Character  &  Context

The Science of Who We Are and How We Relate
Editors: Mark Leary, Shira Gabriel, Brett Pelham
Jun 19, 2015

Psychology News Round-Up (2/28)

Image of newspapers shaped to spell the word News

By Dave Nussbaum

“Controlling our impulses might be difficult, but we are able to curate our surroundings to prevent temptations from derailing our long-term goals. My inner slacker would much rather be perusing Facebook than writing this article — but thanks to my internet-blocking software, I just made my deadline.”

  • Eric Horowitz in Pacific Standard on the psychological case for raising the estate tax: “At some point in the not-too-distant future we’ll need to revamp our tax system. When that time comes it would be wise to have a few decision-making researchers in the room.”
  • In this Sunday’s Gray Matter section of the New York Times, Lisa Feldman Barrett makes the casethat despite widespread assumptions to the contrary, “human facial expressions, viewed on their own, are not universally understood.”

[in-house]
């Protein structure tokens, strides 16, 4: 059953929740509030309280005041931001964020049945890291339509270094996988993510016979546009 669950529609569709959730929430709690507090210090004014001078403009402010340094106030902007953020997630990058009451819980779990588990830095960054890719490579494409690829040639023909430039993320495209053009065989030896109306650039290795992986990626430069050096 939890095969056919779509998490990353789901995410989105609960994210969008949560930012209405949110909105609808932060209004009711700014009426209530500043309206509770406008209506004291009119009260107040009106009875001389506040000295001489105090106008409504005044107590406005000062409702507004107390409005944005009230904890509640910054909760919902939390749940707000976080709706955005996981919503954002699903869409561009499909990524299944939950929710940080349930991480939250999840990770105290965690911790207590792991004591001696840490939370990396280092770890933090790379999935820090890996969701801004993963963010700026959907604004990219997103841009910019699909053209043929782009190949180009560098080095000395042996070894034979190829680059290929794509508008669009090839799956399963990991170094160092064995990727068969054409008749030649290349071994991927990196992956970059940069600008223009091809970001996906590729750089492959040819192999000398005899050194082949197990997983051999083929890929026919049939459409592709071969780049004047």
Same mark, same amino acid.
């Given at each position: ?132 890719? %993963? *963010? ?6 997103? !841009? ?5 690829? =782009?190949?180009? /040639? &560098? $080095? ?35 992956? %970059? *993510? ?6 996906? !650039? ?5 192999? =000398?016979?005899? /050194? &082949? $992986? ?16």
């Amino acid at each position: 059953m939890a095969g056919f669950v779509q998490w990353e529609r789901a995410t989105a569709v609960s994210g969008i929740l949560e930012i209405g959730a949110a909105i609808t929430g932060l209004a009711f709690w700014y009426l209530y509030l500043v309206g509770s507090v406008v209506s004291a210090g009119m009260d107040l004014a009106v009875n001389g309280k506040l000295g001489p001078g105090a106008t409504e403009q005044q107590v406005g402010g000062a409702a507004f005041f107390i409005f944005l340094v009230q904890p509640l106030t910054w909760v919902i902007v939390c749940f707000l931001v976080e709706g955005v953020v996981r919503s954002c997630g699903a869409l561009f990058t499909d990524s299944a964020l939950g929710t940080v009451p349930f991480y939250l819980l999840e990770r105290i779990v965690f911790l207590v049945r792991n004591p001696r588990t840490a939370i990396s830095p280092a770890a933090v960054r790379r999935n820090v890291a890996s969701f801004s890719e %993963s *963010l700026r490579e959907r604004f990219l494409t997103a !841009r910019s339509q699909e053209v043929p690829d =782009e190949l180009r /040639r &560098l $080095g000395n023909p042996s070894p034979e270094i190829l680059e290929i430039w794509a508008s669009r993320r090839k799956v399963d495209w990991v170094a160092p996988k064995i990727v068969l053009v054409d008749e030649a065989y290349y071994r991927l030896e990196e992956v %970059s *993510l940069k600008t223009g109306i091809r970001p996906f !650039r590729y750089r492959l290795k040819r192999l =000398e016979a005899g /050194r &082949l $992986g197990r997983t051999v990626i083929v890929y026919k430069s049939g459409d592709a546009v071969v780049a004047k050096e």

• On the Data Colada blog, Joe Simons (@jpsimmonsettles a debate about bathing habits of hotel guests by collecting data. I learned only to take baths in really nice hotels.
  • Science of Relationships (@ScienceOfRelsexplains the “Marriage Hack.” Using emotional reappraisal to consider their marital conflicts through the eyes of a third party, married couples were able to improve the health of their relationship, compared to couples in a control condition who did not use the technique.

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Why is this blog called Character & Context?

Everything that people think, feel, and do is affected by some combination of their personal characteristics and features of the social context they are in at the time. Character & Context explores the latest insights about human behavior from research in personality and social psychology, the scientific field that studies the causes of everyday behaviors.  

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